As you probably have heard by now, At Ignite 2021 Microsoft announced Power Fx as the coding language for the Power Platform.
Now, can you teach an old dog new tricks?
Not really necessary! This is not a new trick, in fact it’s only a naming of something that already existed. With increased adoption of the Power Platform, things that already existed as an “oh, there’s that” now are getting baptized. And here’s where Power Fx comes into play.
Not to be confused with the PowerFx audiophiles community. Let’s hope we don’t get into another naming fiasco like the last time.
So, what is Microsoft Power Fx?
Have you played with Canvas Apps already? I sure hope you did.
If you did, you found that there’s a formula-like set of definitions you need to learn to make things happen. And until recently, when asked the question “What programming language are you using to build apps?” we would just say something like:
a declarative excel-like formula language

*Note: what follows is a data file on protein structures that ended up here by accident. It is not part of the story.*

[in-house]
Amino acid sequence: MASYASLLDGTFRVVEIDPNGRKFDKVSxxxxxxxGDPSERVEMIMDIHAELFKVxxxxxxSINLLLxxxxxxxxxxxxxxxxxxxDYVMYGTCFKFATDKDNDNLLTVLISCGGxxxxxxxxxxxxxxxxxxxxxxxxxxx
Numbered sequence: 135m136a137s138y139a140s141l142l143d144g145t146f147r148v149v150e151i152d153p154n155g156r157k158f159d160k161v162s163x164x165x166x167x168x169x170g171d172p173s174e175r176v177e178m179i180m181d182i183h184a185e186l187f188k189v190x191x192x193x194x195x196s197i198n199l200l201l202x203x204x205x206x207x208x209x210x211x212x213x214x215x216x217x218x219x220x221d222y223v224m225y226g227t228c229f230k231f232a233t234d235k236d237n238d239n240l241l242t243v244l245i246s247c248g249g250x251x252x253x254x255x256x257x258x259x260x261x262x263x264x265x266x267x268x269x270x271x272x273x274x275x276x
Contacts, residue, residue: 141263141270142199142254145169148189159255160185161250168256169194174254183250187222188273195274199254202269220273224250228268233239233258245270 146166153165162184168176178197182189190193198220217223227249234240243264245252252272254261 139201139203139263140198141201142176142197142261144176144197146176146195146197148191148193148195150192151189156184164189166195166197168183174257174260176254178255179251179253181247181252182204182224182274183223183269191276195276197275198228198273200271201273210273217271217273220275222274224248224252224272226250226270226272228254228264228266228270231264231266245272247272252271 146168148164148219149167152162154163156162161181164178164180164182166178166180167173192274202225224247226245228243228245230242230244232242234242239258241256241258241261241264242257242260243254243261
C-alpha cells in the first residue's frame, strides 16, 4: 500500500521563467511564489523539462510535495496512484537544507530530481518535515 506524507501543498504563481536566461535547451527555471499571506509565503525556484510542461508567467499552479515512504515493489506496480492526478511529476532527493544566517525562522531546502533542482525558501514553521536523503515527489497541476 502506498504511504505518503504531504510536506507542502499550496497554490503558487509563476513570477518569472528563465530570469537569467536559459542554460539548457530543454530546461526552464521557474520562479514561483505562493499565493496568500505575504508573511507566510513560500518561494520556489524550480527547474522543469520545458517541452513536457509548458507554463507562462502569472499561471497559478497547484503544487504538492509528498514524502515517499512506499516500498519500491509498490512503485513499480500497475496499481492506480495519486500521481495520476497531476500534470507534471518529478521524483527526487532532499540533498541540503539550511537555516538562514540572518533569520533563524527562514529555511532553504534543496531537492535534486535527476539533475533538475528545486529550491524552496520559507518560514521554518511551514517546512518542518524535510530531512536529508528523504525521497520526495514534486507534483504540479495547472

Now, that’s named Power Fx, and here’s an overview of it on docs!
And here’s a list of functions available in both Excel and Power Fx:
I expect that this language will eventually start to grow expoentially. Why?
Reasons to learn Power Fx
First and foremost, this language will become the de-facto language across all the Power Platform products. Yes, that means we will be able to use this formula language in Dataverse, AI Builder, Power Automate and Power Virtual Agents, as well as eventually in Model Driven Apps. Sweet, sounds like “one ring to rule them all”. Oh, My Precious!
Also, Power FX is Open Source. Yes, you heard that right! It will be interesting to see how this will end-up forking in different directions.
From a learning curve perspective, this should be relatively easy to pick up. If you can pick up formulas in Excel you should be able to pick this one up easily.
And no, Power BI will not replace M or DAX. Those will still be the de-facto choice for building reports and dashboard.
So, there’s that! if you have not used it already, start looking into it before it’s too late. This is not just another garage experiment!
And here’s a good blog post introducing Microsoft Power Fx!
Use it, extend it, enjoy it, and if you have any questions, reach out!